A funny little essay in a local newspaper came to my attention this morning. During an email discussion over the events and motives in the Gaza crisis, a friend of mine forwarded part of an op-ed piece that appeared in this week’s Sun Sentinel, a daily newspaper in Fort Lauderdale. I immediately thought it sounded a little too familiar. Sure, Israeli officials and other apologists are serving the same talking points across all the television networks and in print media, but this sounded like more than just simple rehash, so I plugged the quote into a search engine. Jackpot!
There was the piece, but it was on a shared website for a pair of central New Jersey papers that I normally don’t read either. It was longer, and, oh, the author was different too. With my curiosity now piqued, I could not help but search some more. I found a nearly identical one written by David A. Harris, executive director of American Jewish Committee, over at The Dallas Morning News. Hmm, the other two “authors” also identified themselves as AJC directors. Eventually, I located Harris over at the Jerusalem Post where he had contributed not only this same piece but many others as well. My guess is that I probably read the piece there a few days back.
Clearly, this is just a press release created by the American Jewish Committee and being passed off by its members as their heartfelt and original opinions. Another local newspaper, The Palm Beach Post, even published the same piece a day after its competitor ran it. Thankfully in this case though, it was “authored” by the same South Floridian. I wonder how many other newspapers fell for it.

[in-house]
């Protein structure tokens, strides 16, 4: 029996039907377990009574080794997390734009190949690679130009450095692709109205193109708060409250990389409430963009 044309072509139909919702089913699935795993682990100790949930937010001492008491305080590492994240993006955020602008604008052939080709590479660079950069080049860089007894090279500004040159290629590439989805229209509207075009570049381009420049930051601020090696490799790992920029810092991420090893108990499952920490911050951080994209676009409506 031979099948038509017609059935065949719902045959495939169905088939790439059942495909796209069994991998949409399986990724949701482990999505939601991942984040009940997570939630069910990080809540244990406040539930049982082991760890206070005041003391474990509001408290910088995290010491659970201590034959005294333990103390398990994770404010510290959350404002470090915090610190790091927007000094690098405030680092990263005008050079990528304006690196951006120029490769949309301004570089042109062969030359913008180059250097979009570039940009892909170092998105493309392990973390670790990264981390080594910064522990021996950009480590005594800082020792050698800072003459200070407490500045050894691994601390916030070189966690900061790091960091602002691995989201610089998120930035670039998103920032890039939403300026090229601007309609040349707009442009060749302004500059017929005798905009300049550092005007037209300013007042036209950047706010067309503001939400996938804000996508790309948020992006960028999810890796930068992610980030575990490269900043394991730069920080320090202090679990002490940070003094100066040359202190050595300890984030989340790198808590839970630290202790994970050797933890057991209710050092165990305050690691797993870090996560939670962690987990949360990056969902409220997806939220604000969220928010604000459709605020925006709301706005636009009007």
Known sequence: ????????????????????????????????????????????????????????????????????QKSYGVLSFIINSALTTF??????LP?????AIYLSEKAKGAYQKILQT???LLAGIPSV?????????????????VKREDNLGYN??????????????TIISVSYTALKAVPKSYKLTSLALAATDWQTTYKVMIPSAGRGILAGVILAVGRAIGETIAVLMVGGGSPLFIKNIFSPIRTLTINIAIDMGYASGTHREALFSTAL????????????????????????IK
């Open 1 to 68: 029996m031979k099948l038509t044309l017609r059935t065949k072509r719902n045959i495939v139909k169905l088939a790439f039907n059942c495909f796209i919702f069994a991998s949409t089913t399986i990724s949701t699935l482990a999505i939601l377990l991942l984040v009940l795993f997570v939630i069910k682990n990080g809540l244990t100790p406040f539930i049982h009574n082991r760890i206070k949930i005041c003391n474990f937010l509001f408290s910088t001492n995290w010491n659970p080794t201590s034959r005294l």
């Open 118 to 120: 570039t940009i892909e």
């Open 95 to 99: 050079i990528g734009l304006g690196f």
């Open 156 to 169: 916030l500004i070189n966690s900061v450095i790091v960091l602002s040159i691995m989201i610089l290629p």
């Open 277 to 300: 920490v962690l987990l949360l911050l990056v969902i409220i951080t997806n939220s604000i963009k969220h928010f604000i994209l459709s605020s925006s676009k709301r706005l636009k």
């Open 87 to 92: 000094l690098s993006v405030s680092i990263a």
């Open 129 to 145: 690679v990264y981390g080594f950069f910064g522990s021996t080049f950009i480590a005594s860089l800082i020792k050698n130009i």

I’m sure the members all do genuinely feel that way, but did they really need to fake homegrown gravitas to ensure publication in as many local opinion pages as possible? Probably. You don’t engage in large-scale propaganda â€“ excuse me, “a public relations campaign” â€“ unless you feel like you got caught with your hand in the cookie jar. From the look of the essay, it seems that the pro-Israel crowd is going for the “but they did it first” tactic favored by young children for time immemorial. Occasionally that might work with one’s peers, but it’s a piss poor way to convince the rest of the world that they have the moral high ground â€“ or maybe they are really just trying to convince themselves.